Fruits and Veggies Monday - Trying Out Making Hummus Almost from Scratch

in fruitsandveggiesmonday •  4 months ago  (edited)

I love hummus

But I also know to attain it in Malaysia, ready made hummus is very expensive, including getting a ready made Tahini.

Until I found out that we can actually make tahini from scratch as long as I have a (high-speed / normal) blender

I came across a really 2 interesting recipes that I have decided to give it a try and make my own.


The last time I did was using the slow juicer. It wasn't too bad


1. Making the Tahini

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I always thought that tahini was some magic creamy sesame seed paste, because when I was first introduced to it by my friend, it came in a bottle

But it turned out to be as lot easier than I thought, however, watching the fire is VERY IMPORTANT! Just 1 minute difference there were already a few over roasted ones!

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In normal process you will need to wait for the roasted sesame seeds to cool it down, but I was in a little hurry so when they are still a little warm I started blending with the Magic Bullet high speed blender.

It is a lot harder than the normal blender because I have to shake a couple of times to get it finely ground; and then add with cold pressed rapeseed oil that I had and blend until it starts to produce oil itself and become this smooth texture.

2. Preparing the Hummus main ingredient - Chickpeas

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I didn't have fresh / dried chickpeas with me, but I had can chickpeas. As I wasn't sure whether it works for a blender I only prepared 1/4 cup of tahini, I had to ratio it to only 1/2 can of chickpeas.

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The chickpea skins are not suitable if you want to have a very smooth hummus, therefore even if it is from a can, it is best to give it another boil to ensure the skins are easily peeled off and the chickpeas are soft enough for easy blending.

![5.png](

After boiling the chickpeas, run it through cold water and allow the skins to be removed while you use your hand to quickly remove it.

It should slide off pretty easily

3. Making the Hummus

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This is the tricky part.

And there's a trick to it.

Adding very cold water while blending will actually allow the hummus to have an airy texture while adding oil (then later the tahini sauce) to it; and in this recipe I actually added 2 small cloves of garlic to boil together with the chickpeas instead of using raw garlic in order to have a lesser acidic and pungent effect for my parents' palette.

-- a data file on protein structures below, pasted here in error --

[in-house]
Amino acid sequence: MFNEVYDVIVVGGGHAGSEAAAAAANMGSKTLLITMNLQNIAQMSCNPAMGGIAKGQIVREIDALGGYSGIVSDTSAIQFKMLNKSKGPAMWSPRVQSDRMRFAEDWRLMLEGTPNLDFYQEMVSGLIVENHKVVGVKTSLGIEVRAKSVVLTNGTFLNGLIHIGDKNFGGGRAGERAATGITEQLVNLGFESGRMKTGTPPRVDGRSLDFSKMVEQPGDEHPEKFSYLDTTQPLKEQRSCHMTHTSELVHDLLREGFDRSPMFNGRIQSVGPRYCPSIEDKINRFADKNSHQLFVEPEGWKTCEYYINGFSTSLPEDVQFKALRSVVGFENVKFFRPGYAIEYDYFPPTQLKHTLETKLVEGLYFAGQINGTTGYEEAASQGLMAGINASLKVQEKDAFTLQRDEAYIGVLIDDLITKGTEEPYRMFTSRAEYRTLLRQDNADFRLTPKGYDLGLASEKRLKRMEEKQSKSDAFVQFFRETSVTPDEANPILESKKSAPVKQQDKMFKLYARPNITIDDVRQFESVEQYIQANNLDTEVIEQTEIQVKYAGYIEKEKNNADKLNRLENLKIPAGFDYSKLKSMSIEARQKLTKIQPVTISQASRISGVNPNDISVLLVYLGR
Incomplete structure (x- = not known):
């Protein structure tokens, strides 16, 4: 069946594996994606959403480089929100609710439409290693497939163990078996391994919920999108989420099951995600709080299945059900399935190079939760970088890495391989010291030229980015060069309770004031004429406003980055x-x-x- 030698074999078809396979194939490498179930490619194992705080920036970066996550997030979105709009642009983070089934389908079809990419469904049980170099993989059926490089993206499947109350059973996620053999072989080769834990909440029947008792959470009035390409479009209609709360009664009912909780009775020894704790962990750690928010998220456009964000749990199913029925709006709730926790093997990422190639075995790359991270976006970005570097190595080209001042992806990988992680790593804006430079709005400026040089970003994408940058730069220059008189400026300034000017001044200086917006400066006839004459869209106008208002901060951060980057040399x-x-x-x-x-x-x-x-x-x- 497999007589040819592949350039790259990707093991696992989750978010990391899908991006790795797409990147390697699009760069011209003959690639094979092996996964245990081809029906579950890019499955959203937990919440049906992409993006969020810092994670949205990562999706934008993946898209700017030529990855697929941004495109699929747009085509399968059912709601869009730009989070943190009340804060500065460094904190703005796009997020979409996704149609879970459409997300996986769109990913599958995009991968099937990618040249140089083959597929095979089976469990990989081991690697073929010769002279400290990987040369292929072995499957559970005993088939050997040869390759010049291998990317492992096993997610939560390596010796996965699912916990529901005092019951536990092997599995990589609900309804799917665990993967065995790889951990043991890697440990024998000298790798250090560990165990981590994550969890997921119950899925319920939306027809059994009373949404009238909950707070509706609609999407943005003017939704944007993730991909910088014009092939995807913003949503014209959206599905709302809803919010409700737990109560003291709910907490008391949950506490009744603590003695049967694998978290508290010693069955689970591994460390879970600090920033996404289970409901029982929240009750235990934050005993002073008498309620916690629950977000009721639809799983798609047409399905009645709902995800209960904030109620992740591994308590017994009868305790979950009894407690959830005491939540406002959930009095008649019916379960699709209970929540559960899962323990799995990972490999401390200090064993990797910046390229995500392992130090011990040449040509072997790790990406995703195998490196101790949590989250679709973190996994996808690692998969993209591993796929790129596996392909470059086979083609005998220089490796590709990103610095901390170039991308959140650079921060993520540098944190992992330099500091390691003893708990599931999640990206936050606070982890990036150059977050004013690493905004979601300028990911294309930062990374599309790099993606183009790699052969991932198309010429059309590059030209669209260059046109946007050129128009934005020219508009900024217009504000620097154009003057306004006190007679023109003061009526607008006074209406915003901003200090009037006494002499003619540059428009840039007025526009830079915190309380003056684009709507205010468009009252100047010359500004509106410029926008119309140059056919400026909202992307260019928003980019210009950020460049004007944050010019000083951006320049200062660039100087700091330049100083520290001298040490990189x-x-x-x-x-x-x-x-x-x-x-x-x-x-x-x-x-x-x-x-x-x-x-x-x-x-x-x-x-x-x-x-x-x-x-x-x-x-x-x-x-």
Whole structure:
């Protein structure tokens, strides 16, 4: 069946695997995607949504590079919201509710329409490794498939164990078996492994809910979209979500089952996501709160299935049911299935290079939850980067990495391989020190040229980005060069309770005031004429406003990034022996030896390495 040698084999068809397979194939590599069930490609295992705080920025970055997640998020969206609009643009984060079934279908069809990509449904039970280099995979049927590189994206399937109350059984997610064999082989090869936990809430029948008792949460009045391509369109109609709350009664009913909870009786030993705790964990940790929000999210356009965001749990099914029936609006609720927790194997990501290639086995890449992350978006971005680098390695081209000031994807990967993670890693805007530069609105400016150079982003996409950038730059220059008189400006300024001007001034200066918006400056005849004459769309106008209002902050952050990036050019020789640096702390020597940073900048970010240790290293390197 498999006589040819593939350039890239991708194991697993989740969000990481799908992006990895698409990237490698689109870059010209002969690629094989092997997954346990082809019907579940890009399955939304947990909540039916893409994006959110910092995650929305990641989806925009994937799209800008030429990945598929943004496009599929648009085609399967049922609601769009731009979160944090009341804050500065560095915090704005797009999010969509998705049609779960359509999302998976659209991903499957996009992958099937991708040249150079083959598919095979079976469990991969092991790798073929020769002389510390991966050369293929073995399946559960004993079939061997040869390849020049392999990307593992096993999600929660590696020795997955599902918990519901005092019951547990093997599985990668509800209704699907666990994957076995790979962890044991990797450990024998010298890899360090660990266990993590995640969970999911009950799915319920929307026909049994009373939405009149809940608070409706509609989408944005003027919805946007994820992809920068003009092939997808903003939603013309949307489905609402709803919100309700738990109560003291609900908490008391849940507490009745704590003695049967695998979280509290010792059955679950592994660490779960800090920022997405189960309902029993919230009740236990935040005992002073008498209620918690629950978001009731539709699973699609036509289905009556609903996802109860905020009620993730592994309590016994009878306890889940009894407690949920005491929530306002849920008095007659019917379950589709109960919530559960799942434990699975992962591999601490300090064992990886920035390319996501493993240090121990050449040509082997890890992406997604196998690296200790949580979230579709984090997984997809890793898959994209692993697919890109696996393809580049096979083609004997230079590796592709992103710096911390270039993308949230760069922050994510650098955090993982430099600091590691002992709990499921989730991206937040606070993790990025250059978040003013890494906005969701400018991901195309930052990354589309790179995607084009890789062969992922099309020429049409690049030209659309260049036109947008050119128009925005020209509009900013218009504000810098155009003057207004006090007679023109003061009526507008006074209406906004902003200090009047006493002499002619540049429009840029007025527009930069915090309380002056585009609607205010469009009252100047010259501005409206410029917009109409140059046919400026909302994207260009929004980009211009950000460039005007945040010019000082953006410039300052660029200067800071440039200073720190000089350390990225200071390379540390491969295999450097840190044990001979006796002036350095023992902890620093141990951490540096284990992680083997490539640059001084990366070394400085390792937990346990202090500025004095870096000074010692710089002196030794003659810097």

Cumin powder is added in before the blending begins

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And there you go, after blending for about 5 minutes on and off from the Magic Bullet you get this nice creamy texture.

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It goes really well with fresh celery sticks, and you can serve it with fresh carrots too.


Ingredients I used for this experiment

To make the Tahini

  • 1/4 tahini sauce (made from 8 table spoon of sesame seeds)
  • 3 tablespoons of cold press rapeseed / olive oil
  • a pinch of Himalayan salt

To make the Hummus

  • 1/2 can of chickpeas, drained, boiled, un-skinned
  • 2 small cloves of garlic, boiled, un-skinned
  • 1/4 teaspoon of cumin powder
  • 1/2 teaspoon of himalayan salt
  • a pinch of paprika powder (to garnish at the top)
  • 2 tablespoon of cold press rapeseed / olive oil
  • 2 tablespoon of white vinegar
  • 1/4 cup of ice cold water

Steps to blend the Hummus

  1. place chickpeas, garlic and cumin powder in together
  2. start blending
  3. stop and add first tablespoon of oil and white vinegar
  4. start adding the tahini
  5. add 1/8 of ice cold water
  6. add another tablespoon of oil
  7. add the remaining 1/8 ice cold water slowly until it becomes the texture you like.

Add in extra 1 tablespoon of oil if you feel it is not creamy enough.

After blending, place on the bowl / container, sprinkle the paprika powder and add 1/2 teaspoon of oil to keep the surface moist.


So there you go. My entire experiment. Yummy, and creamy!


The #fruitsandveggiesmonday challenge is hosted by @lenasveganliving

Until then

Thank You for Your Time

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There's not a whole lot of things more delicious than freshly made hummus! I have never tried to make my own tahini before, but I bet it's even better made fresh, too. Yum!

Oh yes, it is much smoother definitely!

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I have never made fresh tahini - that's so impressive! Fresh hummous is the best. here in Asutralia we have infinite flavours of hummous at the super market - my favourite is topped with caramelised onions, or jalapenos.